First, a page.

Last spring, the School of Education received funding from the Ohio Department of Education’s Statewide Mathematics and Literacy tutoring grant program. Heidelberg used the grant to create the Genius Afterschool Program.
A total of 12 education majors just completed the first semester of reading and math tutoring for 22 kindergarten-fifth graders from Tiffin City Schools, Bridges Academy and Calvert Catholic Schools.
The tutoring experience – while it was an eye-opener at times – has proven to be great preparation for the teachers-to-be. The program also provided a much-needed boost to the children who need intensive intervention to help close a learning gap brought on by COVID or other life circumstances.
During the fall semester, the sights and sounds of the energetic children entering the Education Center in a single file line from their buses and being greeted by their tutors were nothing short of heartwarming. Backpacks lined the wall and snack time set the stage for the day’s instruction. As participants in the program, they receive group tutoring followed by individualized instruction.
“It’s been really nice to have the elementary kids in the education building,” says Dr. Stacey Pistorova, associate professor of elementary education and the grant’s author.
Stacey explained that the ’Berg tutors are given data on the children’s reading and math test scores and then get to work setting appropriate goals for each child. Each tutor works directly with two children.
“Our students have been tremendous in their preparation,” she said. “It’s been an eye-opener and not without some struggles, but they have really excelled.”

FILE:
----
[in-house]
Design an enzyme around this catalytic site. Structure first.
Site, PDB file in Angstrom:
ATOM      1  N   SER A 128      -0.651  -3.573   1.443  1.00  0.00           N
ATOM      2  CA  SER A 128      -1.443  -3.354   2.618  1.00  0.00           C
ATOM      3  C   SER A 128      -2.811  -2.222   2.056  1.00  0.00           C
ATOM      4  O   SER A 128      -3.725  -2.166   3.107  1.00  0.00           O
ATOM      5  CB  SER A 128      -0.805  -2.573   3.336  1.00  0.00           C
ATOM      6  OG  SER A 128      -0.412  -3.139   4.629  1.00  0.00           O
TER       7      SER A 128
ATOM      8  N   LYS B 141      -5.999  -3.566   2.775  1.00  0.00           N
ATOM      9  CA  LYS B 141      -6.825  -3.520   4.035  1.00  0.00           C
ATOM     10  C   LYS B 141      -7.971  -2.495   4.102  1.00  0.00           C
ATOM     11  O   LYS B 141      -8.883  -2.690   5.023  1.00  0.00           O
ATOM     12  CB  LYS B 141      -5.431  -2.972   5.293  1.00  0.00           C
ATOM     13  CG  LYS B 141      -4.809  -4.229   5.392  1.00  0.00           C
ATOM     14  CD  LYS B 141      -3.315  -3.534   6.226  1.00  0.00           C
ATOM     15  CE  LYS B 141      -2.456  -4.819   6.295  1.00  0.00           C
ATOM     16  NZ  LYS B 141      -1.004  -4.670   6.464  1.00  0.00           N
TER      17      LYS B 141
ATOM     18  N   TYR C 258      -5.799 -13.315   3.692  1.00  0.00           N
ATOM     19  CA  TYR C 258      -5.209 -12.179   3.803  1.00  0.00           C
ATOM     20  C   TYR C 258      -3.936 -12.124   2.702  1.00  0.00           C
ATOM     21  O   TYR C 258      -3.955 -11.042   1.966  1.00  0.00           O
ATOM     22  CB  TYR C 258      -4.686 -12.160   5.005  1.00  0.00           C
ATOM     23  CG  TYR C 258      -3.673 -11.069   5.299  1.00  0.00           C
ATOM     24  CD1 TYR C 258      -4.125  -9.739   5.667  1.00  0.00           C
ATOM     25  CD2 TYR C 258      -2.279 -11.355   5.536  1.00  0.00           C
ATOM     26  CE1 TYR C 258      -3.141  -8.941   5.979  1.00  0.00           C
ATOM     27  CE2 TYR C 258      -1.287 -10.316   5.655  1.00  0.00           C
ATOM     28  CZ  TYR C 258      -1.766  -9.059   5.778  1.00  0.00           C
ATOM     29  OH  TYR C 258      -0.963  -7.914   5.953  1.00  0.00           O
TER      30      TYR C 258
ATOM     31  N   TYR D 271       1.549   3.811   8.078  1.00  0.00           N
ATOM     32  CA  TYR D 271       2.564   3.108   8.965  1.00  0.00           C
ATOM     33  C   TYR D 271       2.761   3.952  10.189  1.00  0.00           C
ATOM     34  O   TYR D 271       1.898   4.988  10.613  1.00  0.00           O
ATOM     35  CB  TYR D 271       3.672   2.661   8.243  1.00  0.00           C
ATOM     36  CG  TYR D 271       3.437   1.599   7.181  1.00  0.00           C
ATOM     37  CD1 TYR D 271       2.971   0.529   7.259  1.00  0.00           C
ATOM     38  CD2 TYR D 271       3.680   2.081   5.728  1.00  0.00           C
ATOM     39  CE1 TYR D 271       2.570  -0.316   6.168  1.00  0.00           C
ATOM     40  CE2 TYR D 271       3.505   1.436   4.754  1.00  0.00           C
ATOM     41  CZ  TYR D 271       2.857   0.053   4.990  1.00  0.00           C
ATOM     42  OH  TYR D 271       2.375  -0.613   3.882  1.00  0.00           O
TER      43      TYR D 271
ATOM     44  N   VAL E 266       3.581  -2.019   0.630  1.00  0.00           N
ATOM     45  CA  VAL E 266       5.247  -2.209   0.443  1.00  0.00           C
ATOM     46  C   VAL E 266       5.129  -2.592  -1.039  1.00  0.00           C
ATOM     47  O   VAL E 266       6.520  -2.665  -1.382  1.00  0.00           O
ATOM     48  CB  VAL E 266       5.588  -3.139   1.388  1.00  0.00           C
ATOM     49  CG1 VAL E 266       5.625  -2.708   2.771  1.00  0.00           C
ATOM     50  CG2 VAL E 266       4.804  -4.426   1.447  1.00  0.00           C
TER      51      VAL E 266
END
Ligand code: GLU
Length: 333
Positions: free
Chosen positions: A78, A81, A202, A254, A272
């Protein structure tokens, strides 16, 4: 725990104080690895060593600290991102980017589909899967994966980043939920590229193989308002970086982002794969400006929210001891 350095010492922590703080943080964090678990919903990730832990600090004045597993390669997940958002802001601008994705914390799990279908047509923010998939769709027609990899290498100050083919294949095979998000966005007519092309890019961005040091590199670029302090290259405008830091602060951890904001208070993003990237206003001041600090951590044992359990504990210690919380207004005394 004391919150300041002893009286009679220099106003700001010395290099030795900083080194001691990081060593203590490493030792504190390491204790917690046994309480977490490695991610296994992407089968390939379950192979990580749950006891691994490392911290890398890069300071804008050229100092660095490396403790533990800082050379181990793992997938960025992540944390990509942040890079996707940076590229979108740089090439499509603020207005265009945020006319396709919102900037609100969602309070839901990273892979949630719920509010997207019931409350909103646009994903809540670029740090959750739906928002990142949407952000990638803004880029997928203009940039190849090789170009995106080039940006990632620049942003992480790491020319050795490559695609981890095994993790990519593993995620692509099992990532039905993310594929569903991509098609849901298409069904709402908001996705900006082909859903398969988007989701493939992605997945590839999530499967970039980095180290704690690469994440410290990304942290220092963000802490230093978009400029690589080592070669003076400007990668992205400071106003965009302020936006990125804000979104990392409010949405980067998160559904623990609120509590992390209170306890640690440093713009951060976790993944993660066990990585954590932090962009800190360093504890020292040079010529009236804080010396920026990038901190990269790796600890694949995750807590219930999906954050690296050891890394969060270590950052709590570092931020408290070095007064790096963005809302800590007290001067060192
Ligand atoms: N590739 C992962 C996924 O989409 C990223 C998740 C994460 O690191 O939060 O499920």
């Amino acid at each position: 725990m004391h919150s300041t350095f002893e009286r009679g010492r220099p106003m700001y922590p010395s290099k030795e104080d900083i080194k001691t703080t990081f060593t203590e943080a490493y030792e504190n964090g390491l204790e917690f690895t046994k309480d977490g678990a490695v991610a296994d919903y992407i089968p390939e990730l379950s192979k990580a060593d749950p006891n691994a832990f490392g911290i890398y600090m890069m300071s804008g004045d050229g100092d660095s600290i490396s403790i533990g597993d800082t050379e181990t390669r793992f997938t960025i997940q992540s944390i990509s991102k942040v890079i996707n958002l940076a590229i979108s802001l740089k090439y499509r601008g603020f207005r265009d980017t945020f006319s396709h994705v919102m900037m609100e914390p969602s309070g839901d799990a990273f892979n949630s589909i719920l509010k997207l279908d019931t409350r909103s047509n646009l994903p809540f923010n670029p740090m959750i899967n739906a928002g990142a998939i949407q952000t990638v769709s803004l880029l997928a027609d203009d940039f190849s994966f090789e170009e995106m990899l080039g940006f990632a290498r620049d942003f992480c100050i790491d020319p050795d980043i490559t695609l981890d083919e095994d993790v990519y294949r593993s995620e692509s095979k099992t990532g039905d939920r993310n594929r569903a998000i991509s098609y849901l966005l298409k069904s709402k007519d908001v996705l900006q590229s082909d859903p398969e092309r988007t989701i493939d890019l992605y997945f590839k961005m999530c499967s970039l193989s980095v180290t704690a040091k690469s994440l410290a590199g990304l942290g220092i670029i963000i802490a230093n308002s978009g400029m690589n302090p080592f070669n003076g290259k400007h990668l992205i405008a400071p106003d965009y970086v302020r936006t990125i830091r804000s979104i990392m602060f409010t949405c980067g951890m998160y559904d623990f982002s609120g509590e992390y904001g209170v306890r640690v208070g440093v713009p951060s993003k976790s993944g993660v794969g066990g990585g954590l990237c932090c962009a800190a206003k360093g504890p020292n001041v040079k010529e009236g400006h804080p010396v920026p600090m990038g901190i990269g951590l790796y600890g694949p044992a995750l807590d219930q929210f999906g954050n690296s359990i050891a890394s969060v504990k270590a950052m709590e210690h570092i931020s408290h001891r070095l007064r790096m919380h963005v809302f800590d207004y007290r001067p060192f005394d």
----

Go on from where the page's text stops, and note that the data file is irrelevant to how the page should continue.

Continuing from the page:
The future teachers make it fun for the children. “We don’t want it to feel like another two hours of school, and we have gotten very creative to make that happen,” Stacey said. That’s a great thing because all of the children will return next semester as the Genius Afterschool Program continues.
The tutors’ perspective
Perhaps the best part of serving as tutors is getting to experience that “lightbulb moment,” says Makenzie Damsa, a junior education major from Barberton, Ohio.
The ’Berg students work to create individualized lesson plans for each child. “Each of them gets to bring in their own interests while learning so it’s really cool to see how excited they get to be here,” Makenzie says, adding that she’s learned to plan extra activities. “This program is meant to be fun and rewarding, so sometimes you have to over-plan and have backup activities for when they become not so interested.”
Senior Adrienne Lucius of Bellevue, Ohio, says she couldn’t pass up the opportunity to get involved in the program. So far, it’s going well. “The students come in with smiles on their faces and are so excited about tutoring for the day,” she says. “We work hard each day to provide a fun, engaging learning experience for them.”
It can be a challenge, she adds, to plan activities that are both fun and constructive – much like an actual classroom.
“I have planned activities that help students understand and learn the concepts that they are struggling with. However, there are times when my students become frustrated with the topic and I have to find a way to make it more fun and less stressful for them,” she says.
Adrienne agrees that the hard work and planning is all worthwhile when she sees the students’ faces light up when they come through the door. “It’s touching to see them so excited to see their tutors as well as hear the progress they are making in school.
“Knowing that I am making an impact on the students both academically and personally is a huge reward.”
Additionally, the future teachers are gaining valuable experience in lesson planning, evaluating student interests and needs, classroom management and more, in preparation for their own classrooms one day.
“It’s a great program to really dive into the education major and be a little more independent,” Makenzie says.